Grant Higgs from North Carolina is a classically trained professional chef with over 20 years of private club experience. In the following article, Grant Higgs explains how technology is changing the way restaurants do business and how this technology is also improving the customer experience.
In a highly competitive restaurant industry, it’s the little things that can make a big difference.
Sometimes it’s the atmosphere. Other times, it offers unique foods that the site didn’t have access to before. But when it comes down to it, the name of the game is innovation, explains Grant Higgs of North Carolina.
To be relevant, many restaurants need to evolve to meet 21st century technology standards. The problem is that restaurants are often notoriously allergic to change, even though there are numerous forms of restaurant technology that can elevate a business above the noise.
Grant Higgs profiles below some of the key restaurant industry technology trends, driven by a food technology market valued at nearly $342 billion by 2027.
Alternative payment methods
The COVID-19 pandemic made contactless payments necessary. Contactless payments may have skyrocketed during the pandemic, but Grant Higgs says it’s a technology that’s here to stay.
Now these payment options are taking it even further, and the choice to pay via a smart card, smart watch, or smartphone is going mainstream. This technology offers benefits for both the consumer and the business owner. Such payments are extremely fast and, better still, convenient, explains Grant Higgs of North Carolina.
Another by-product of the pandemic, air purification systems have become a must as part of a restaurant’s cleaning protocol. Customers now expect advanced disinfection systems that focus on circulating clean air through technologies such as indoor and outdoor bipolar ionization.
North Carolina’s Grant Higgs says another approach uses ultraviolet light to clean both restaurant surfaces and the air, often using technology not just available to the general public.
QR codes, a type of barcode, are not exactly new. It has been widely used in marketing and product tracking for years. But they’re a novel implementation for restaurants, which now use QR codes to store menus and provide another way to order, pay bills and check the nutritional value of dishes, explains Grant Higgs of North Carolina.
Somewhat related is the use of augmented reality (AR) technology in menus. This approach most likely won’t be available in the near future, but such technology has the potential to show 3-D images of food that can also be connected to a restaurant’s ordering system.
Reservation and inventory software
Grant Higgs of North Carolina says technology is constantly evolving for two of the most important aspects of running a successful restaurant. New reservations software eliminates the potential for human error and can make accepting and storing reservations as easy as possible, eliminating long waits and overbooking.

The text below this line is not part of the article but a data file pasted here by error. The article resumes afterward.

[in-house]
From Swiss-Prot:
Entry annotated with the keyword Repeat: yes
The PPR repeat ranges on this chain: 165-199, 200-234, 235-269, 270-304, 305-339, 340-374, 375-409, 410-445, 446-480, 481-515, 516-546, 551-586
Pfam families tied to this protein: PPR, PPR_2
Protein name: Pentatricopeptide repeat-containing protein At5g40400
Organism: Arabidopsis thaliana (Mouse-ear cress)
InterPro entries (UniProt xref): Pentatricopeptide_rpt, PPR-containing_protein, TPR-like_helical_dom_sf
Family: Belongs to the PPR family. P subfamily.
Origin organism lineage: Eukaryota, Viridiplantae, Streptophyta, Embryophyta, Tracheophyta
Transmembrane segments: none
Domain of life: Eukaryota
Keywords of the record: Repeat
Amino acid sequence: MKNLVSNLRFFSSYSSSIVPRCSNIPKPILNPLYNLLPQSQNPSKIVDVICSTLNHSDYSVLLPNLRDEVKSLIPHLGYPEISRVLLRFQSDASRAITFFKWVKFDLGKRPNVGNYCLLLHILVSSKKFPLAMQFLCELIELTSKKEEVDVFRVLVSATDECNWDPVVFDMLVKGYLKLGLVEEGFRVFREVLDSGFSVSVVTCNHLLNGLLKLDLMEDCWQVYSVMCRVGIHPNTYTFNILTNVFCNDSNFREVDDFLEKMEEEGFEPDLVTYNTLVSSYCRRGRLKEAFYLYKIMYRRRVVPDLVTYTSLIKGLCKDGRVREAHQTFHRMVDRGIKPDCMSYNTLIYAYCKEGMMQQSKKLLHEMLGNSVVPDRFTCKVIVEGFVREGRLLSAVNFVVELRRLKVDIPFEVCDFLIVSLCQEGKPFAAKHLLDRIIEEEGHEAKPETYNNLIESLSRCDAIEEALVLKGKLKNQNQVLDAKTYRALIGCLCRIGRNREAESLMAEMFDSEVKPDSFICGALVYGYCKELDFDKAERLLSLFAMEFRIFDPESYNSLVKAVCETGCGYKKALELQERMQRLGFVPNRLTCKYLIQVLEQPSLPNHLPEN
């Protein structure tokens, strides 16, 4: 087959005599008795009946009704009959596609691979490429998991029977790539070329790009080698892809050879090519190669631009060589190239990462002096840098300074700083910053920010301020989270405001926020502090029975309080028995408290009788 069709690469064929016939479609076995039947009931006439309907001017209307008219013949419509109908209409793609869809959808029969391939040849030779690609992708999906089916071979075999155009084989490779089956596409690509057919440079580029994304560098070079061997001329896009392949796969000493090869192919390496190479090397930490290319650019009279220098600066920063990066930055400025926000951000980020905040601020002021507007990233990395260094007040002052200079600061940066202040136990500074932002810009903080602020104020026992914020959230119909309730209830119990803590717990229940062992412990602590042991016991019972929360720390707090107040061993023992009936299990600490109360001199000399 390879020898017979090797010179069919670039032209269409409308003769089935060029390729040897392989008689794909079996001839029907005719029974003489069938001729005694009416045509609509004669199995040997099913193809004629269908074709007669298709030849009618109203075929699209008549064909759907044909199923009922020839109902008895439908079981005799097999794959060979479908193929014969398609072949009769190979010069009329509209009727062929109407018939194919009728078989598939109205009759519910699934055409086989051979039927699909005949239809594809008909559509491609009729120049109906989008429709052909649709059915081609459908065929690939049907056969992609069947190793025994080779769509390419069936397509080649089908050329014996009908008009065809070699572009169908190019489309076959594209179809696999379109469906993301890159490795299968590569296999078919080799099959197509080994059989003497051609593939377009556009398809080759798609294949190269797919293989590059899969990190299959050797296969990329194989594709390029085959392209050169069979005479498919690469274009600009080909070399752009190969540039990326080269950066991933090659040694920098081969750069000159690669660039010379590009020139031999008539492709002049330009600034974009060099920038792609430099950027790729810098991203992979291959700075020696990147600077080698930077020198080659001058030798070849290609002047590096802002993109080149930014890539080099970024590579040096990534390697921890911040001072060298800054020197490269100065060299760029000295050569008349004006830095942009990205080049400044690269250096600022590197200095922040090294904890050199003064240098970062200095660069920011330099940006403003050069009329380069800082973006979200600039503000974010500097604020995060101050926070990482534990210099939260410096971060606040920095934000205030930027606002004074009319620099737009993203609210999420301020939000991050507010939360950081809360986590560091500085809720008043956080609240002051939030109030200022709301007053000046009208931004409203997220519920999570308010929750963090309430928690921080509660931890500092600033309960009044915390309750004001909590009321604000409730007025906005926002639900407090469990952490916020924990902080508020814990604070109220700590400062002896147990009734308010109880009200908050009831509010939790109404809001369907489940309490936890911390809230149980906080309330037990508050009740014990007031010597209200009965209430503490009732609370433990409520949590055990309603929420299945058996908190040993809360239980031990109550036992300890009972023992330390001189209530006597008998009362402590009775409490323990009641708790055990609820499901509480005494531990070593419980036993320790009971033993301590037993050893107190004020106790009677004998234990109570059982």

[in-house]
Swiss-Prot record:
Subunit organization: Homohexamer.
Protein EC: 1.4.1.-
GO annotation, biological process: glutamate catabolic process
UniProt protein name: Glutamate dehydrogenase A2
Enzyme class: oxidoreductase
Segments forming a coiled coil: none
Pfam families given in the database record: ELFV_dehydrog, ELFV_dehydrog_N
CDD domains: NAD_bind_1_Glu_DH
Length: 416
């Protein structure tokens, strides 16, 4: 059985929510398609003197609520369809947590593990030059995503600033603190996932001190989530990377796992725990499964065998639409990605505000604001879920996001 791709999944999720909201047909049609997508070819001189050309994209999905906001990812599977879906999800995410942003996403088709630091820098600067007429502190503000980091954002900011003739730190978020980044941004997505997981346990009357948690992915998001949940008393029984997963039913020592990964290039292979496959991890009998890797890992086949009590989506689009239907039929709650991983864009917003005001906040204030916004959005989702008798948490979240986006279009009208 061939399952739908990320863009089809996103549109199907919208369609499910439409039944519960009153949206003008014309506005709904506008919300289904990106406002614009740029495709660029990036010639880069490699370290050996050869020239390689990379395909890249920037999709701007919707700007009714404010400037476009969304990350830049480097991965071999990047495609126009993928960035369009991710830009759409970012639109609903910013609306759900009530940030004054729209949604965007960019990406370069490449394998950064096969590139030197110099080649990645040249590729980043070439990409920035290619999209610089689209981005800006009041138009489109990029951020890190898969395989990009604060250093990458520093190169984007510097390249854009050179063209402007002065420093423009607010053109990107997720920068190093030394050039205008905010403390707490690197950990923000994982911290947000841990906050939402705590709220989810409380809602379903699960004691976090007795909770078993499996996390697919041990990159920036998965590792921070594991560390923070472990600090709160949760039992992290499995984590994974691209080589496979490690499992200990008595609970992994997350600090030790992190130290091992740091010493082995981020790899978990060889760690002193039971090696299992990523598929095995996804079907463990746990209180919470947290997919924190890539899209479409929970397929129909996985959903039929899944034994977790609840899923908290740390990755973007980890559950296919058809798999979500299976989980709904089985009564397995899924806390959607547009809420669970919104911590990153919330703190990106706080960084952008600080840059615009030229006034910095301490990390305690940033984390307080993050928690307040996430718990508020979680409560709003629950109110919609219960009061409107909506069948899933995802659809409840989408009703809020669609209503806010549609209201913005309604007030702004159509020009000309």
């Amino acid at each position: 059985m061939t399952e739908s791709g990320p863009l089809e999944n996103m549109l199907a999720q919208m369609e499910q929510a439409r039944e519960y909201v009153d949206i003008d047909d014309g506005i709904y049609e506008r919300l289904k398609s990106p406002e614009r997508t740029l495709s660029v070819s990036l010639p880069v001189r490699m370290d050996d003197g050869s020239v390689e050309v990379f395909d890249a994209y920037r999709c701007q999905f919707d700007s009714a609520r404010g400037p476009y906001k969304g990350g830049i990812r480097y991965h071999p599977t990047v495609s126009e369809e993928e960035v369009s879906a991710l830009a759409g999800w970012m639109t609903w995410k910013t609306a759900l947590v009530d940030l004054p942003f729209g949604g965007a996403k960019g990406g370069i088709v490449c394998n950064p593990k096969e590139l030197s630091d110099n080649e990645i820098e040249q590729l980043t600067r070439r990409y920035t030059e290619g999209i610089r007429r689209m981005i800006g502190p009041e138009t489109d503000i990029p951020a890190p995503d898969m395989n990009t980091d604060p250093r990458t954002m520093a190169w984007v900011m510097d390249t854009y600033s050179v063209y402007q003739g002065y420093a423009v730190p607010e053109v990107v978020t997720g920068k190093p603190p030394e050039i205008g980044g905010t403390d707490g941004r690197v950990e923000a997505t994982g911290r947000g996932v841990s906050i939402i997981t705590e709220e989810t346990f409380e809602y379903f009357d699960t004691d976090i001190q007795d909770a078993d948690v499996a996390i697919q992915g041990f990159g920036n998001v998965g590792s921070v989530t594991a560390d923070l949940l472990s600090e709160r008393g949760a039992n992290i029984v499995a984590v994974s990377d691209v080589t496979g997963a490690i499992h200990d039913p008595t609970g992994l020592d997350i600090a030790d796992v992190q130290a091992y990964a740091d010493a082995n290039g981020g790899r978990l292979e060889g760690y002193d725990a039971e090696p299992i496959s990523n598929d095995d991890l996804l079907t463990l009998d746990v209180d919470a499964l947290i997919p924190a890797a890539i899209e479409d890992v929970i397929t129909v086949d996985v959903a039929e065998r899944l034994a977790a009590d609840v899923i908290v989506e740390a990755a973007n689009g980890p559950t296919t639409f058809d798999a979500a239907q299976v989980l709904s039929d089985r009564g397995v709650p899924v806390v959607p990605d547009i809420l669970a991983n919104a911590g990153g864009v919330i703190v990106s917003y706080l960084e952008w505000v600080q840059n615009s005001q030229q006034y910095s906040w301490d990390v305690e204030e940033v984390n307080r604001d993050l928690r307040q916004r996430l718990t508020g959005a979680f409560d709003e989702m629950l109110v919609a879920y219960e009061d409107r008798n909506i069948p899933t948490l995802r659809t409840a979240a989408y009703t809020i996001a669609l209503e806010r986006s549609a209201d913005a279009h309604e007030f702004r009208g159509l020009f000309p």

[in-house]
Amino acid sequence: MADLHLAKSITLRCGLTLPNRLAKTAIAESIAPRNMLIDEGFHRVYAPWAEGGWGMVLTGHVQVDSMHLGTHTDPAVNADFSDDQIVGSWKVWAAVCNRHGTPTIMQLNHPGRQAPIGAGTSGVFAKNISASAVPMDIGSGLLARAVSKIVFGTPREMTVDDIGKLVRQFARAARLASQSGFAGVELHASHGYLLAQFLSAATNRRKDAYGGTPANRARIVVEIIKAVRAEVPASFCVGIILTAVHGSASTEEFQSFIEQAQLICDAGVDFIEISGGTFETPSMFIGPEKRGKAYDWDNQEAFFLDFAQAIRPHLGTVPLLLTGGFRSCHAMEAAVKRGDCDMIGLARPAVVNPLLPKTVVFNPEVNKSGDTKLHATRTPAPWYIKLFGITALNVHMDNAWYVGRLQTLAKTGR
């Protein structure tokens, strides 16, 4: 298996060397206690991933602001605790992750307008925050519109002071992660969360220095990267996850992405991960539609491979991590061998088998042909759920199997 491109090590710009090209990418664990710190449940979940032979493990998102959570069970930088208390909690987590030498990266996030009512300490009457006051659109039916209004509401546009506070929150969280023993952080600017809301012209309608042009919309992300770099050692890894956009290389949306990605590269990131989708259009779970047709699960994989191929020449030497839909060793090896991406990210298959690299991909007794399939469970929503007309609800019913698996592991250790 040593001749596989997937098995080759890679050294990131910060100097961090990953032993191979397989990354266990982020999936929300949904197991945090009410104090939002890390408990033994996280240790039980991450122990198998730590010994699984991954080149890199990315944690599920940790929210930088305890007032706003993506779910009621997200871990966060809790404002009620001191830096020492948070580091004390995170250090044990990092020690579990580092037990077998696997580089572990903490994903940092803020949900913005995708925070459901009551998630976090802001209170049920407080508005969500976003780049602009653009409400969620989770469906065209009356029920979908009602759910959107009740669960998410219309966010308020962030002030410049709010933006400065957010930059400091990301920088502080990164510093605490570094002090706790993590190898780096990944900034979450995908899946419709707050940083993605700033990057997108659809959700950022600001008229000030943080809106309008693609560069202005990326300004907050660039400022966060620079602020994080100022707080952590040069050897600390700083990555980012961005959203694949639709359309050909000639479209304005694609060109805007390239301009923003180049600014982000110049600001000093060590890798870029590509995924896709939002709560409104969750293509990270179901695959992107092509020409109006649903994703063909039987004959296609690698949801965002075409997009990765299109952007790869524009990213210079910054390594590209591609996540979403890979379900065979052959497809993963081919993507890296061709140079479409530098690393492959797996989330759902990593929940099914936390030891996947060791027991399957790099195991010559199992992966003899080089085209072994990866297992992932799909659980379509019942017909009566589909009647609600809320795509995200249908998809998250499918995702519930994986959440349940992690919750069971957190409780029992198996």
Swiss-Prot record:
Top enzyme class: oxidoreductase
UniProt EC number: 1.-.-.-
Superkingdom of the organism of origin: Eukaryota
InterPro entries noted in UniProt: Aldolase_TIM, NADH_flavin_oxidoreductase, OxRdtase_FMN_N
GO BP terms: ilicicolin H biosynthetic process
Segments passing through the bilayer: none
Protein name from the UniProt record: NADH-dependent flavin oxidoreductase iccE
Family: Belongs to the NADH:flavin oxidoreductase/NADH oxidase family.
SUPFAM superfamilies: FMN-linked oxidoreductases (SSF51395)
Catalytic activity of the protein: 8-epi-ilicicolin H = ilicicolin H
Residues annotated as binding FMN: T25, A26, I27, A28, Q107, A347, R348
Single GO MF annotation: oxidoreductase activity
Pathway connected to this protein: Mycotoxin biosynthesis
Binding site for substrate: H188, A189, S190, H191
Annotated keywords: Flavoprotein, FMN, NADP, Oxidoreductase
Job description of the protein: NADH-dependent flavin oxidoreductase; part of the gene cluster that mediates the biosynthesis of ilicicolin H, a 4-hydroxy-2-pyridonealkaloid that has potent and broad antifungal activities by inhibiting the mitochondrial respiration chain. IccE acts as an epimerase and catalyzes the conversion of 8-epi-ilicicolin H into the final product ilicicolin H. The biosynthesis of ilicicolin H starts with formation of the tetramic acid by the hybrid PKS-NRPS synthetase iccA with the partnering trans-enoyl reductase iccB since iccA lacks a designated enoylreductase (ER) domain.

Accuracy is also a fundamental part of advanced inventory management software. Various technologies can organize inventory lists and lists on paper, providing insights into your selling and buying patterns to ensure your business is on the right financial path.
Grant Higgs says teaching new employees the rules is a priority for restaurants large and small. More and more restaurants are using virtual reality to onboard new employees.
Such VR training allows new or potential employees to gain an in-depth look at the ins and outs of running a restaurant, from kitchen facilities and how to operate on busy evenings to the perks of being employed.
Through such orientations, restaurant owners can even tailor content that is specific and relevant to the restaurant and the community it serves.
Meal plan kits aren’t just for grocery stores or companies like Blue Apron. Restaurants are also coming into play, deconstructing their most popular dishes and selling them direct to consumers to prepare at home.
This approach is particularly popular with younger generations, with 75% saying they would consider buying one, according to a survey by the National Restaurant Association.
Still, about 50% of older Americans say they would give the option a try, too, seeing it as a way to support community restaurants while also rating their favorite foods, Grant Higgs reports.
Cloud Print Jobs
For too long, restaurants have worked with waiters taking orders and then running back to the kitchen to enter them. A slight improvement allows restaurant staff to digitally capture an order and send it to the back of the house.
But new kitchen cloud printing resources send orders to the kitchen at lightning speed and directly through an EPOS system.
Such cloud-based systems also allow staff to record dietary preferences and store product information, so a restaurant is notified when supplies are running low.
And all this using just two technologies: a cloud printer and an ordinary tablet.